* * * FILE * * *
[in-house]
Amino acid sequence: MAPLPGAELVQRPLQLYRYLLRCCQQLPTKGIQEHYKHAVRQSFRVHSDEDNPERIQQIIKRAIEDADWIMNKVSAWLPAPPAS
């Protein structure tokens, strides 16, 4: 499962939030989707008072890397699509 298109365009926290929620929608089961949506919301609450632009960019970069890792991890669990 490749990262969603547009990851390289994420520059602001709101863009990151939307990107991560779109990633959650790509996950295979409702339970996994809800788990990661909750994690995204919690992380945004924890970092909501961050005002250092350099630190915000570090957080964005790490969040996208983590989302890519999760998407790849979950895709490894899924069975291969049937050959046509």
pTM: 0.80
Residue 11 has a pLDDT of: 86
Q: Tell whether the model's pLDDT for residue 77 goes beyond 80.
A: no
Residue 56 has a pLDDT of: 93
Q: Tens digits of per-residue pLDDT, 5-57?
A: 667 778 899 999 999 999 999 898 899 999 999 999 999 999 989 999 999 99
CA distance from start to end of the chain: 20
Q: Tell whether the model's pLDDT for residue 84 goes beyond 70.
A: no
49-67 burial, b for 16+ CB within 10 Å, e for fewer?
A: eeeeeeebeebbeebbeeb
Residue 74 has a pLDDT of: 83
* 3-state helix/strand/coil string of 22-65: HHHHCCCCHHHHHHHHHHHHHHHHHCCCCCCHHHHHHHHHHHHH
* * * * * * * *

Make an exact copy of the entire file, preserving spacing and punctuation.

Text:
[in-house]
Amino acid sequence: MAPLPGAELVQRPLQLYRYLLRCCQQLPTKGIQEHYKHAVRQSFRVHSDEDNPERIQQIIKRAIEDADWIMNKVSAWLPAPPAS
């Protein structure tokens, strides 16, 4: 499962939030989707008072890397699509 298109365009926290929620929608089961949506919301609450632009960019970069890792991890669990 490749990262969603547009990851390289994420520059602001709101863009990151939307990107991560779109990633959650790509996950295979409702339970996994809800788990990661909750994690995204919690992380945004924890970092909501961050005002250092350099630190915000570090957080964005790490969040996208983590989302890519999760998407790849979950895709490894899924069975291969049937050959046509």
pTM: 0.80
Residue 11 has a pLDDT of: 86
Q: Tell whether the model's pLDDT for residue 77 goes beyond 80.
A: no
Residue 56 has a pLDDT of: 93
Q: Tens digits of per-residue pLDDT, 5-57?
A: 667 778 899 999 999 999 999 898 899 999 999 999 999 999 989 999 999 99
CA distance from start to end of the chain: 20
Q: Tell whether the model's pLDDT for residue 84 goes beyond 70.
A: no
49-67 burial, b for 16+ CB within 10 Å, e for fewer?
A: eeeeeeebeebbeebbeeb
Residue 74 has a pLDDT of: 83
* 3-state helix/strand/coil string of 22-65: HHHHCCCCHHHHHHHHHHHHHHHHHCCCCCCHHHHHHHHHHHHH